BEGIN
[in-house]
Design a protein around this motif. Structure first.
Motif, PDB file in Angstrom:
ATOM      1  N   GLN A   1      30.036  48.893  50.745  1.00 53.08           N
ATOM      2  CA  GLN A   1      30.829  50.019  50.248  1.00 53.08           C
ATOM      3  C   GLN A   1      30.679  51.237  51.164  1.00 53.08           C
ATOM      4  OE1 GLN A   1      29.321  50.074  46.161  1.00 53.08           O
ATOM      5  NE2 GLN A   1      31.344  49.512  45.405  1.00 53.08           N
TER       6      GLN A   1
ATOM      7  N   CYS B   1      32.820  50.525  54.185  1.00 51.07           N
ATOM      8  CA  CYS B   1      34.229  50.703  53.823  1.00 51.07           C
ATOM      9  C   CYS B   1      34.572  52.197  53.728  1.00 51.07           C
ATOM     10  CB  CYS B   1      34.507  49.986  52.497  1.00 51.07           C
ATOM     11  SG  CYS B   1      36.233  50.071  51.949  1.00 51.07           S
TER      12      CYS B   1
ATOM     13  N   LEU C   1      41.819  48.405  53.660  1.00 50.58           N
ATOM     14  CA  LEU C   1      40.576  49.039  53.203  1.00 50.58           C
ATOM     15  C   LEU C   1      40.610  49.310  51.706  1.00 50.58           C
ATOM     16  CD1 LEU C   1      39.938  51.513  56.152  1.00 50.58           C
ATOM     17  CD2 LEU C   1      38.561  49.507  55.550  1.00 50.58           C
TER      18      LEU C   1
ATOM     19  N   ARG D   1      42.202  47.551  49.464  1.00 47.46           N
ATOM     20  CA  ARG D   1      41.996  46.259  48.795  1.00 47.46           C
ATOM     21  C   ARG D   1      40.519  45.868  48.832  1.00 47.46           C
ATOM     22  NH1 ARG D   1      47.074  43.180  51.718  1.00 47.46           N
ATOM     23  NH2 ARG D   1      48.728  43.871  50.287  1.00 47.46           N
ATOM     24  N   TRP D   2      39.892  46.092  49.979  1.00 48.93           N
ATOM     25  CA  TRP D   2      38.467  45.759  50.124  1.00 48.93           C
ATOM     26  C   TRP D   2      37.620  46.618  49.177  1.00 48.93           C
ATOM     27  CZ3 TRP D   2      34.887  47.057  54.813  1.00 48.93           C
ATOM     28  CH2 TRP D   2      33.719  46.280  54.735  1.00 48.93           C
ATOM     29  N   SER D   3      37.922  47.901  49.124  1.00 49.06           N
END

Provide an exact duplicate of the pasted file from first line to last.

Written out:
[in-house]
Design a protein around this motif. Structure first.
Motif, PDB file in Angstrom:
ATOM      1  N   GLN A   1      30.036  48.893  50.745  1.00 53.08           N
ATOM      2  CA  GLN A   1      30.829  50.019  50.248  1.00 53.08           C
ATOM      3  C   GLN A   1      30.679  51.237  51.164  1.00 53.08           C
ATOM      4  OE1 GLN A   1      29.321  50.074  46.161  1.00 53.08           O
ATOM      5  NE2 GLN A   1      31.344  49.512  45.405  1.00 53.08           N
TER       6      GLN A   1
ATOM      7  N   CYS B   1      32.820  50.525  54.185  1.00 51.07           N
ATOM      8  CA  CYS B   1      34.229  50.703  53.823  1.00 51.07           C
ATOM      9  C   CYS B   1      34.572  52.197  53.728  1.00 51.07           C
ATOM     10  CB  CYS B   1      34.507  49.986  52.497  1.00 51.07           C
ATOM     11  SG  CYS B   1      36.233  50.071  51.949  1.00 51.07           S
TER      12      CYS B   1
ATOM     13  N   LEU C   1      41.819  48.405  53.660  1.00 50.58           N
ATOM     14  CA  LEU C   1      40.576  49.039  53.203  1.00 50.58           C
ATOM     15  C   LEU C   1      40.610  49.310  51.706  1.00 50.58           C
ATOM     16  CD1 LEU C   1      39.938  51.513  56.152  1.00 50.58           C
ATOM     17  CD2 LEU C   1      38.561  49.507  55.550  1.00 50.58           C
TER      18      LEU C   1
ATOM     19  N   ARG D   1      42.202  47.551  49.464  1.00 47.46           N
ATOM     20  CA  ARG D   1      41.996  46.259  48.795  1.00 47.46           C
ATOM     21  C   ARG D   1      40.519  45.868  48.832  1.00 47.46           C
ATOM     22  NH1 ARG D   1      47.074  43.180  51.718  1.00 47.46           N
ATOM     23  NH2 ARG D   1      48.728  43.871  50.287  1.00 47.46           N
ATOM     24  N   TRP D   2      39.892  46.092  49.979  1.00 48.93           N
ATOM     25  CA  TRP D   2      38.467  45.759  50.124  1.00 48.93           C
ATOM     26  C   TRP D   2      37.620  46.618  49.177  1.00 48.93           C
ATOM     27  CZ3 TRP D   2      34.887  47.057  54.813  1.00 48.93           C
ATOM     28  CH2 TRP D   2      33.719  46.280  54.735  1.00 48.93           C
ATOM     29  N   SER D   3      37.922  47.901  49.124  1.00 49.06           N